The City of Longview in 2019 spent about $500,000 less than it had budgeted, putting the city in a better position with its reserves going into 2020, City Manager Kurt Sacha said in his third quarter financial review Thursday night during the City Council meeting.
Expenditures in 2019 ($39.4 million) are still expected to exceed revenue, but the ending fund balance will be nearly 27%.
“Under that scenario, the council provides for a status quo budget,” Sacha said, meaning the city is able to maintain its budgeted services.
However, in the long term, the council won’t be able to sustain the same type of spending, he said.
Savings throughout the year are largely tied to unfilled positions, Sacha said. When people retire or leave the city, there is some savings on salaries and benefits during the time when the city is working to fill those positions. The city has had some high-level positions vacant for nearly two years now, including assistant city manager and finance director.
As of September, projected revenue from property taxes was $9.4 million, which was a 1.6% increase over 2018, Sacha said.
Sales tax revenue was projected to be $9.12 million, which is a 1.5% increase over 2018. While the modest increase is still good, Sacha said, it’s much slower growth than in other recent years, such as 2018 when there was a 9% increase in sales tax revenue.
When asked why that could be, Sacha pointed to possible correlations related to fewer large construction projects and a downward trend in city permit applications.
Longview resident Nick Wells thanked the council and staff for underspending projections.
“As a taxpayer, I appreciate that. I look forward to 2020 and underspending even more so we can stop dipping into our funds,” he said. “While the economy is good, let’s rejoice in it. But if we can drop our spending even more, we should.”
Also on Thursday, the council adopted a “Complete Streets” ordinance after more than a year of coaxing from Dave Fine and other active transportation advocates.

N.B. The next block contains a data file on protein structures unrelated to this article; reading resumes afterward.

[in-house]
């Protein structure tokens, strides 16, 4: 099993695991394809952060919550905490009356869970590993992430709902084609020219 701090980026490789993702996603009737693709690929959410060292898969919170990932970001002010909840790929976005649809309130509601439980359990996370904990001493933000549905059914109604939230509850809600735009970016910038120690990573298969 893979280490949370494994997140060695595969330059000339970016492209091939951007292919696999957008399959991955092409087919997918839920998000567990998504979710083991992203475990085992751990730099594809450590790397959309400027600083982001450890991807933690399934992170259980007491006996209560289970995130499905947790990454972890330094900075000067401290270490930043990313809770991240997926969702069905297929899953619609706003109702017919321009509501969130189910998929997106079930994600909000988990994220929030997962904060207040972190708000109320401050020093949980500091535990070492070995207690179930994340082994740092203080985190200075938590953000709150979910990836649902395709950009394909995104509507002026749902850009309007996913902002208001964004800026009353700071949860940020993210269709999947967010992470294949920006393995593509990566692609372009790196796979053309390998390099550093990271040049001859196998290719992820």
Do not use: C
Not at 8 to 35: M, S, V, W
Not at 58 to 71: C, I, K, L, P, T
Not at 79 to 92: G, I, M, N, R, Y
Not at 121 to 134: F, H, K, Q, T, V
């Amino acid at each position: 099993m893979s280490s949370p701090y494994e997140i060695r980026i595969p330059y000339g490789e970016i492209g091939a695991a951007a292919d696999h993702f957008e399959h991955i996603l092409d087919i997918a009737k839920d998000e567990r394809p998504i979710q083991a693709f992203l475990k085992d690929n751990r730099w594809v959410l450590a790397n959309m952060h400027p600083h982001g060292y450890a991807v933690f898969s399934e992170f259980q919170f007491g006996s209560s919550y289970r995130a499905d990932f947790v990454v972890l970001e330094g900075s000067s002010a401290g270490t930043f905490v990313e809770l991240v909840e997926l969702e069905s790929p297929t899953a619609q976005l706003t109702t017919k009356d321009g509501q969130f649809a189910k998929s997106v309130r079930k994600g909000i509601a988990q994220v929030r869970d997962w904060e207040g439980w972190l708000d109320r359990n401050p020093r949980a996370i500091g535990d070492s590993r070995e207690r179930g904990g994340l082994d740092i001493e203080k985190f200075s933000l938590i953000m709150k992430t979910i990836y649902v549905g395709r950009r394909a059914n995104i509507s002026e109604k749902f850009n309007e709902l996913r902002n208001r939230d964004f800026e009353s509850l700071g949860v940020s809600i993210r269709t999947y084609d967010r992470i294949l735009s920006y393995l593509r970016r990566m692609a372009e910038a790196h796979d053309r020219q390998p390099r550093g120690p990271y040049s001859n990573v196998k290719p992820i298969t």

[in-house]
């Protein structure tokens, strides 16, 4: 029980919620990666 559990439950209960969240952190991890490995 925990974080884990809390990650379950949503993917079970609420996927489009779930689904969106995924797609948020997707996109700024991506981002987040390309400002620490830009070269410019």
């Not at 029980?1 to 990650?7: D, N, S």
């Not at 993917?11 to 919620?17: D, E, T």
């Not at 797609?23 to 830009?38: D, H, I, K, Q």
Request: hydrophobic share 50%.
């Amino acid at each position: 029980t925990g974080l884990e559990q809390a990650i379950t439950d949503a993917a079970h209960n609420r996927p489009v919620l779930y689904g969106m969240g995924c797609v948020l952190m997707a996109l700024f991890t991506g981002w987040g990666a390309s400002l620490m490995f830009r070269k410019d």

“Thanks to you guys for listening to me. It took some time, but not too much time,” Fine said Thursday night. “You’re going to find great benefits to this. And you’re going to regret that it took so long.”
A complete streets policy includes streets that are designed not only for motorists, but also pedestrians, bicyclists and transit riders.
The council unanimously voted to adopt the ordinance. Mayor Don Jensen and Councilman Steve Moon were excused.
“I’d like to thank Mr. Fine publicly,” Councilman Mike Wallin said before the vote. “He’s been very persistent in encouraging the council to follow up with this.”
Also during the meeting, Councilman Scott Vydra, who is a member of the ad hoc committee on homelessness, said First Christian Church received its final approval from the city to open a temporary shelter the next time there is a severe weather event.
In other business, the council:
- Accepted as complete an improvement project on Third and 30th avenues.
- Adopted the updated Highlands Revitalization Plan.
- Heard a presentation and held a public hearing on revenue sources for 2020.
- The next workshop, regarding utility rates, begins at 6 p.m. on Nov. 14 and the next regular meeting will be Nov. 21. The Nov. 28 meeting has been canceled to accommodate the Thanksgiving holiday.
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